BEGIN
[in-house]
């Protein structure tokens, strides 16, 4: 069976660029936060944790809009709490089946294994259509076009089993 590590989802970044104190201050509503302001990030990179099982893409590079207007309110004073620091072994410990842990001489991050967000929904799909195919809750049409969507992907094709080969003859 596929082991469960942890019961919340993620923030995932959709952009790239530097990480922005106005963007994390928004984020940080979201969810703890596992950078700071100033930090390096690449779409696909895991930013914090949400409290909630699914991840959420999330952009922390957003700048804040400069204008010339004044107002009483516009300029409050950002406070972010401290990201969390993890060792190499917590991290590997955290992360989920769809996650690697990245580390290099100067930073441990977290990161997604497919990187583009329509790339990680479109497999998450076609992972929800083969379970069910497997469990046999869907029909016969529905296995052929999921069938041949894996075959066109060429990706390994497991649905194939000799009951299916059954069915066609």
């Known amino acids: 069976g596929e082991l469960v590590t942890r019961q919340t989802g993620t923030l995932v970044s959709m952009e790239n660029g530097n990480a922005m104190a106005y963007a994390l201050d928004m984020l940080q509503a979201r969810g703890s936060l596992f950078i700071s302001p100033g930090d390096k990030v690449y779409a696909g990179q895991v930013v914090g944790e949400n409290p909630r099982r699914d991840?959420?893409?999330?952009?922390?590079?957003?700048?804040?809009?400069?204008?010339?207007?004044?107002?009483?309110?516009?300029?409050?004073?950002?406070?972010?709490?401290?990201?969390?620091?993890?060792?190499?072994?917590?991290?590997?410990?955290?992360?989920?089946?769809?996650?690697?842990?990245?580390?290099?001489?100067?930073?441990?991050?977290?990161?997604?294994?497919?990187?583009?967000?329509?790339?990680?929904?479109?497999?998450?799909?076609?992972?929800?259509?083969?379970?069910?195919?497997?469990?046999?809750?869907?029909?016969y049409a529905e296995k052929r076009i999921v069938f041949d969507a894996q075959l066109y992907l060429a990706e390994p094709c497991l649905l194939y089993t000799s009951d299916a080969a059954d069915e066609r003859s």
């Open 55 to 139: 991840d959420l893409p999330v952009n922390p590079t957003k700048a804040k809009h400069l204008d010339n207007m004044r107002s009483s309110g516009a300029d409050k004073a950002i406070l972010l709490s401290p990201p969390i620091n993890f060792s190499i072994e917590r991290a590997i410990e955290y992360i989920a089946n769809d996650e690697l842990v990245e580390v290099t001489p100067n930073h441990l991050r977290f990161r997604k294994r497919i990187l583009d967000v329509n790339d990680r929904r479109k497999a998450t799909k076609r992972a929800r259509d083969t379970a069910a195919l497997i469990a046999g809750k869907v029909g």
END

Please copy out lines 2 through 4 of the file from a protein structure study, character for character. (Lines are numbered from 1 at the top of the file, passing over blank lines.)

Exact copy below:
């Protein structure tokens, strides 16, 4: 069976660029936060944790809009709490089946294994259509076009089993 590590989802970044104190201050509503302001990030990179099982893409590079207007309110004073620091072994410990842990001489991050967000929904799909195919809750049409969507992907094709080969003859 596929082991469960942890019961919340993620923030995932959709952009790239530097990480922005106005963007994390928004984020940080979201969810703890596992950078700071100033930090390096690449779409696909895991930013914090949400409290909630699914991840959420999330952009922390957003700048804040400069204008010339004044107002009483516009300029409050950002406070972010401290990201969390993890060792190499917590991290590997955290992360989920769809996650690697990245580390290099100067930073441990977290990161997604497919990187583009329509790339990680479109497999998450076609992972929800083969379970069910497997469990046999869907029909016969529905296995052929999921069938041949894996075959066109060429990706390994497991649905194939000799009951299916059954069915066609």
């Known amino acids: 069976g596929e082991l469960v590590t942890r019961q919340t989802g993620t923030l995932v970044s959709m952009e790239n660029g530097n990480a922005m104190a106005y963007a994390l201050d928004m984020l940080q509503a979201r969810g703890s936060l596992f950078i700071s302001p100033g930090d390096k990030v690449y779409a696909g990179q895991v930013v914090g944790e949400n409290p909630r099982r699914d991840?959420?893409?999330?952009?922390?590079?957003?700048?804040?809009?400069?204008?010339?207007?004044?107002?009483?309110?516009?300029?409050?004073?950002?406070?972010?709490?401290?990201?969390?620091?993890?060792?190499?072994?917590?991290?590997?410990?955290?992360?989920?089946?769809?996650?690697?842990?990245?580390?290099?001489?100067?930073?441990?991050?977290?990161?997604?294994?497919?990187?583009?967000?329509?790339?990680?929904?479109?497999?998450?799909?076609?992972?929800?259509?083969?379970?069910?195919?497997?469990?046999?809750?869907?029909?016969y049409a529905e296995k052929r076009i999921v069938f041949d969507a894996q075959l066109y992907l060429a990706e390994p094709c497991l649905l194939y089993t000799s009951d299916a080969a059954d069915e066609r003859s």
């Open 55 to 139: 991840d959420l893409p999330v952009n922390p590079t957003k700048a804040k809009h400069l204008d010339n207007m004044r107002s009483s309110g516009a300029d409050k004073a950002i406070l972010l709490s401290p990201p969390i620091n993890f060792s190499i072994e917590r991290a590997i410990e955290y992360i989920a089946n769809d996650e690697l842990v990245e580390v290099t001489p100067n930073h441990l991050r977290f990161r997604k294994r497919i990187l583009d967000v329509n790339d990680r929904r479109k497999a998450t799909k076609r992972a929800r259509d083969t379970a069910a195919l497997i469990a046999g809750k869907v029909g």